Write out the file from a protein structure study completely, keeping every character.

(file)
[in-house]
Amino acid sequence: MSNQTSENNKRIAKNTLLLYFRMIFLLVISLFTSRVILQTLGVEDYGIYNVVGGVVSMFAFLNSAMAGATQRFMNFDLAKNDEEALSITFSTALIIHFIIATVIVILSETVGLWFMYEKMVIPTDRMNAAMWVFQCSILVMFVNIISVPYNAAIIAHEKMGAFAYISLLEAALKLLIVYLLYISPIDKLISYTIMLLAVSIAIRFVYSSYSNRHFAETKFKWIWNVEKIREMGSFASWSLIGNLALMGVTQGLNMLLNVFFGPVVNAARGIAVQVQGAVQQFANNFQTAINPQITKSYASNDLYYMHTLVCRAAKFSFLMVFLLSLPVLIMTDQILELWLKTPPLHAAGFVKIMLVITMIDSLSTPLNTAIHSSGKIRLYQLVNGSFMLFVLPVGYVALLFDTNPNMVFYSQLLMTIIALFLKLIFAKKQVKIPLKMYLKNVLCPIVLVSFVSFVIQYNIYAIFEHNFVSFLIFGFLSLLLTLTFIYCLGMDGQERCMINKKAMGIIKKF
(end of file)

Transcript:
[in-house]
Amino acid sequence: MSNQTSENNKRIAKNTLLLYFRMIFLLVISLFTSRVILQTLGVEDYGIYNVVGGVVSMFAFLNSAMAGATQRFMNFDLAKNDEEALSITFSTALIIHFIIATVIVILSETVGLWFMYEKMVIPTDRMNAAMWVFQCSILVMFVNIISVPYNAAIIAHEKMGAFAYISLLEAALKLLIVYLLYISPIDKLISYTIMLLAVSIAIRFVYSSYSNRHFAETKFKWIWNVEKIREMGSFASWSLIGNLALMGVTQGLNMLLNVFFGPVVNAARGIAVQVQGAVQQFANNFQTAINPQITKSYASNDLYYMHTLVCRAAKFSFLMVFLLSLPVLIMTDQILELWLKTPPLHAAGFVKIMLVITMIDSLSTPLNTAIHSSGKIRLYQLVNGSFMLFVLPVGYVALLFDTNPNMVFYSQLLMTIIALFLKLIFAKKQVKIPLKMYLKNVLCPIVLVSFVSFVIQYNIYAIFEHNFVSFLIFGFLSLLLTLTFIYCLGMDGQERCMINKKAMGIIKKF